History suggests that, over longer periods of time, financial markets
are principally driven by themes and valuations. Consider the focus
on conglomerates and the "nifty-fifty" in the 1960's and
1970's or globalization and technology in the 1980's and 1990's.
such as these have captured the attention of market participants
over extended periods of time, but each time new market leadership
as overstretched or over popular themes are replaced.
History also shows that economic growth alone does not drive share
prices. This is, perhaps, best illustrated by the period from 1965
to 1982, when the Dow Jones Industrial Average ended the period at
the same level as it began 17 years before, but at the same time the
GDP growth in the US totalled 370%.
During the past century, the US market, for instance, has had 53
corrections of 10% or more, roughly one every two years. There have
been 15 corrections
of 25% or more, roughly one every six years. Setbacks and hiccups,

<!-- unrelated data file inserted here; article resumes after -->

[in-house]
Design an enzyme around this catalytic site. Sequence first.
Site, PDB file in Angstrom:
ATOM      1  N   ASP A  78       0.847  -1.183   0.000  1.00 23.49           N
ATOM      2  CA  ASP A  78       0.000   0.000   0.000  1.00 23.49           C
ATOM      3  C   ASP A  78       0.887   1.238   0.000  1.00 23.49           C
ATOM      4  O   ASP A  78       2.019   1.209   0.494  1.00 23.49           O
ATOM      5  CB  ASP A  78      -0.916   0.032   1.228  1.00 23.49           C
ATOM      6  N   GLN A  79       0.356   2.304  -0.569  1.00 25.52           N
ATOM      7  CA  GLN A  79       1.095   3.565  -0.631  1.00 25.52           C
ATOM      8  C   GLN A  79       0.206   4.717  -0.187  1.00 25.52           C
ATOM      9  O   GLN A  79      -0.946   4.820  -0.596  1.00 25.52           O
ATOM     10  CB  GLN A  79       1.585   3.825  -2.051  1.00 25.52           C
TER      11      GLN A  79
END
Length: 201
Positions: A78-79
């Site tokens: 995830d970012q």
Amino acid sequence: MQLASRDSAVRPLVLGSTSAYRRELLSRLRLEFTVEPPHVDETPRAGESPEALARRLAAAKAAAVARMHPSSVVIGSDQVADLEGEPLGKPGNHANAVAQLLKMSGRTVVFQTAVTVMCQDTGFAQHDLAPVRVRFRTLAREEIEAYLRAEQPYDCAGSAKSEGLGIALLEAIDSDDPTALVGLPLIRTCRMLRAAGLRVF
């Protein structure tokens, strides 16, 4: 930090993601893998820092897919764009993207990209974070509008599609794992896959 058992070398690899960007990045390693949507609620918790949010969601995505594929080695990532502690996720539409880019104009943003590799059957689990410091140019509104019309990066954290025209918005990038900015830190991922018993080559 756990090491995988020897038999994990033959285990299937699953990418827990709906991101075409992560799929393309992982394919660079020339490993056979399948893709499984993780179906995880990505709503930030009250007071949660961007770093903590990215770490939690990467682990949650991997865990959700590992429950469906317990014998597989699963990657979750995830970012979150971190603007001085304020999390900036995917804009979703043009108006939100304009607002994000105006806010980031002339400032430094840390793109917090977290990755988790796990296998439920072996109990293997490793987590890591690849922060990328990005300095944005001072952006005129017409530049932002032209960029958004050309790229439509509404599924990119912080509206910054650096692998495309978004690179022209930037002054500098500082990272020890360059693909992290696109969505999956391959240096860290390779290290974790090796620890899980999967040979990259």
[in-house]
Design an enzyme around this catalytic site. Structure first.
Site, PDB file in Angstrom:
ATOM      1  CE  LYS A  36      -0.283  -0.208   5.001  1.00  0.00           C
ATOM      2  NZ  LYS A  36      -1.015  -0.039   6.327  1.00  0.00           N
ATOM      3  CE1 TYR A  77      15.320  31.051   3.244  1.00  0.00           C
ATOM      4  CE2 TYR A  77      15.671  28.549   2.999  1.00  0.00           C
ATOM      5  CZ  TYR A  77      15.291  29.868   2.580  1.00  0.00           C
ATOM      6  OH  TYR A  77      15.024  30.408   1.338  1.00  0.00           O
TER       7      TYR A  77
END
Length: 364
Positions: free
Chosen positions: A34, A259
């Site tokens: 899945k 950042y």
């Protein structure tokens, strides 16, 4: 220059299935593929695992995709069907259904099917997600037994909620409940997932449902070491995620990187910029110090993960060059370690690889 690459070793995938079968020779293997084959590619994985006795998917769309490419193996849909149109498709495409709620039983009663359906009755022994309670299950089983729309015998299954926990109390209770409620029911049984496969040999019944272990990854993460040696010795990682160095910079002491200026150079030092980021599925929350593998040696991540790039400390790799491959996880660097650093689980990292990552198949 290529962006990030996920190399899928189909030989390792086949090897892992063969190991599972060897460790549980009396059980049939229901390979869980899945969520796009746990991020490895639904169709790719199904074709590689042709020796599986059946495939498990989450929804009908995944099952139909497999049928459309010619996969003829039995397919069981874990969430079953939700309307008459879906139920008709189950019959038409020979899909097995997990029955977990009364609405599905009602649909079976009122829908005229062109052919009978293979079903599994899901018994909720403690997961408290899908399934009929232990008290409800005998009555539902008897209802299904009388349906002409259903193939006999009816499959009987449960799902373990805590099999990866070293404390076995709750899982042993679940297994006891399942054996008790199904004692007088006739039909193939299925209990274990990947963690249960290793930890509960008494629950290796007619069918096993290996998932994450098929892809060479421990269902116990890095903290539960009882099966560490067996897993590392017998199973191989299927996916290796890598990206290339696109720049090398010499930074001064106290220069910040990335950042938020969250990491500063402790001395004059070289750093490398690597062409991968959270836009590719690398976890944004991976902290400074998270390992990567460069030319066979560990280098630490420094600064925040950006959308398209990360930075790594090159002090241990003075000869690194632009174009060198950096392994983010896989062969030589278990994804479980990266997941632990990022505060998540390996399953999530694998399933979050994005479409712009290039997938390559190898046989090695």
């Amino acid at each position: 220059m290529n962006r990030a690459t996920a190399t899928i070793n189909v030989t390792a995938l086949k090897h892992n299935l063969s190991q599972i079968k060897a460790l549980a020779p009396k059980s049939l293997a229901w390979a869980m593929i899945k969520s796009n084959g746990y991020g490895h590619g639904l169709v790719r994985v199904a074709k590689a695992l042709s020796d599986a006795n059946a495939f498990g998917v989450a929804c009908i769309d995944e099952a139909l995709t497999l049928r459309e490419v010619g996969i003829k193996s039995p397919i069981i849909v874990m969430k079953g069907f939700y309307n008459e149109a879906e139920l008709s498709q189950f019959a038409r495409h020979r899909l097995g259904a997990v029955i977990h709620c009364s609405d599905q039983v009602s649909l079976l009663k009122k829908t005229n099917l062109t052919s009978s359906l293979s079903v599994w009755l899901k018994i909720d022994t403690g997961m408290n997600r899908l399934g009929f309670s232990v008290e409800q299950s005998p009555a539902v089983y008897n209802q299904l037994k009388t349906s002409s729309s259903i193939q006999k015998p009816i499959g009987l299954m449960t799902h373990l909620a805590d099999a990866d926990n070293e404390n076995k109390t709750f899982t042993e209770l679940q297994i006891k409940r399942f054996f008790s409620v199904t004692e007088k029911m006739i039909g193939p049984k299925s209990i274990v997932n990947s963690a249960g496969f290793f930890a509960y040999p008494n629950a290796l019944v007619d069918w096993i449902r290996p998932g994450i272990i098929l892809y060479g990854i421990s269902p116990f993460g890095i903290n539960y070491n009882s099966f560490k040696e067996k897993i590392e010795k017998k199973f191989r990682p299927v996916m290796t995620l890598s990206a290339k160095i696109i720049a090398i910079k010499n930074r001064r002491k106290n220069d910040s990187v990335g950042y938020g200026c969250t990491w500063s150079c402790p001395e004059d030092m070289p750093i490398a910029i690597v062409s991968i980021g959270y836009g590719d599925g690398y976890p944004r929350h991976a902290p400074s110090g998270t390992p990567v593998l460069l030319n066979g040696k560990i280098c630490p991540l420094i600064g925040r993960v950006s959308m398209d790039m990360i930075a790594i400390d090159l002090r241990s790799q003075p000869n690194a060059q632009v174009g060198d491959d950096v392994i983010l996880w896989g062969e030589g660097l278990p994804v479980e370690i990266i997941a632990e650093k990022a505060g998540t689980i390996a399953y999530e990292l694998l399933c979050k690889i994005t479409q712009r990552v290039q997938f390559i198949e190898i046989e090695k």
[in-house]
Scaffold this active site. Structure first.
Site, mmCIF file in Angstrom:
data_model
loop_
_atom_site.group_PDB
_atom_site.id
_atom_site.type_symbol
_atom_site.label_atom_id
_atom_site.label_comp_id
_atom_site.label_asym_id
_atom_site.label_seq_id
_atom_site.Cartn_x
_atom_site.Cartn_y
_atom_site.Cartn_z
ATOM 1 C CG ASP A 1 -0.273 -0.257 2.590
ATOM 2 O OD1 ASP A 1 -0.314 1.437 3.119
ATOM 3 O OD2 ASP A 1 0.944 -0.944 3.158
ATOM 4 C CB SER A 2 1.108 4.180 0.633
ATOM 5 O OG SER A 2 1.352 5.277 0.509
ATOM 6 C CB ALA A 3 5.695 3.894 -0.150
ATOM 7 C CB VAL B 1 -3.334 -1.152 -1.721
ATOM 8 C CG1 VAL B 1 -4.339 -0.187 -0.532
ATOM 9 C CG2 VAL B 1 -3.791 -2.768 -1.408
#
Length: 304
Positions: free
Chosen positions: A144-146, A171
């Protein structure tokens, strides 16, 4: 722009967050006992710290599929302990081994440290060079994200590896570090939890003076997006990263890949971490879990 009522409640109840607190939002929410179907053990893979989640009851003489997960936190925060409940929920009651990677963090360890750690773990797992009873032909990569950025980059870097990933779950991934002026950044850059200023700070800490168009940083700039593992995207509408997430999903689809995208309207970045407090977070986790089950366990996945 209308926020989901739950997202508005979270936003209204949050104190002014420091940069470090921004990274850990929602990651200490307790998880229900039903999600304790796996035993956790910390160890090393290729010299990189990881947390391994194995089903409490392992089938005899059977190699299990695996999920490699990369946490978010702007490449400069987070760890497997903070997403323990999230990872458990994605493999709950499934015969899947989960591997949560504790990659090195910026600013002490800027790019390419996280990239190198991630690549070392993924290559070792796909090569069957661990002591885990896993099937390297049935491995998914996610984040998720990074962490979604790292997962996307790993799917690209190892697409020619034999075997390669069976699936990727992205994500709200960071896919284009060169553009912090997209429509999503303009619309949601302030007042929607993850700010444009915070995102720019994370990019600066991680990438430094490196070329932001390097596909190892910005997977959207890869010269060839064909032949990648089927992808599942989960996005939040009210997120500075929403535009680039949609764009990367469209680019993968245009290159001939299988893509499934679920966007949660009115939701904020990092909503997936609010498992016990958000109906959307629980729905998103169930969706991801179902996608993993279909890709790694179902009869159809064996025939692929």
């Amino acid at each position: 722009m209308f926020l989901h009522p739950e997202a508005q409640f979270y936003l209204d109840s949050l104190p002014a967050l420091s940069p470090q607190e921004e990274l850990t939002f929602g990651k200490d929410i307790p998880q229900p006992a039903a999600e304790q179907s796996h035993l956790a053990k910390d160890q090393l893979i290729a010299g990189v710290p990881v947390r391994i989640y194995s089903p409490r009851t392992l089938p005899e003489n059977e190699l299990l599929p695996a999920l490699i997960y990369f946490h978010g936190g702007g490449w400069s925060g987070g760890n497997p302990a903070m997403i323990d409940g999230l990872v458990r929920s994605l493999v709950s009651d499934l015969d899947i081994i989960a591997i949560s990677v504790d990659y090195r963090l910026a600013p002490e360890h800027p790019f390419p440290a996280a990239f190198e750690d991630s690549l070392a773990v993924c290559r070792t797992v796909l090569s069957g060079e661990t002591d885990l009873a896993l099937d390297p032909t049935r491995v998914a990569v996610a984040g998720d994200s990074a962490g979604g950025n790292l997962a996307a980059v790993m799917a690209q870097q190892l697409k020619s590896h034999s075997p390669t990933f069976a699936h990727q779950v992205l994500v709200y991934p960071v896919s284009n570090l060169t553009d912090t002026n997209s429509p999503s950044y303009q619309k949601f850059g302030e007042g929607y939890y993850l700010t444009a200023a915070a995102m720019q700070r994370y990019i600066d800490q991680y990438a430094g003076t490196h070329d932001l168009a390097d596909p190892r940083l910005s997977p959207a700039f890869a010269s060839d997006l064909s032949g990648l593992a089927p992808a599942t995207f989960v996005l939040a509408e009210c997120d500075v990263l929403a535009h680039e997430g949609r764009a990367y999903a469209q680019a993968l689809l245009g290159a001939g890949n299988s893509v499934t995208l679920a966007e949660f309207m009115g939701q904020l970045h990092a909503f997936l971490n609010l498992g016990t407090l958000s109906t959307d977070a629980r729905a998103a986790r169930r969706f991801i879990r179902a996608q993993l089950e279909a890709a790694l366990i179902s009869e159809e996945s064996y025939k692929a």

otherwise known as market volatility, are normal elements to market
history and should be expected in the future.
The successful investor understands that short-term transitory events
tend to undermine a well-planned long-term strategy. The following
chart shows that, over the past 50 years, markets tend to bounce back
remarkably well following a year of negative performance. Only once
has the market been down in two consecutive years. Investment discipline
- the ability to prevent emotion from overtaking reason - are hallmarks
to a successful investment method.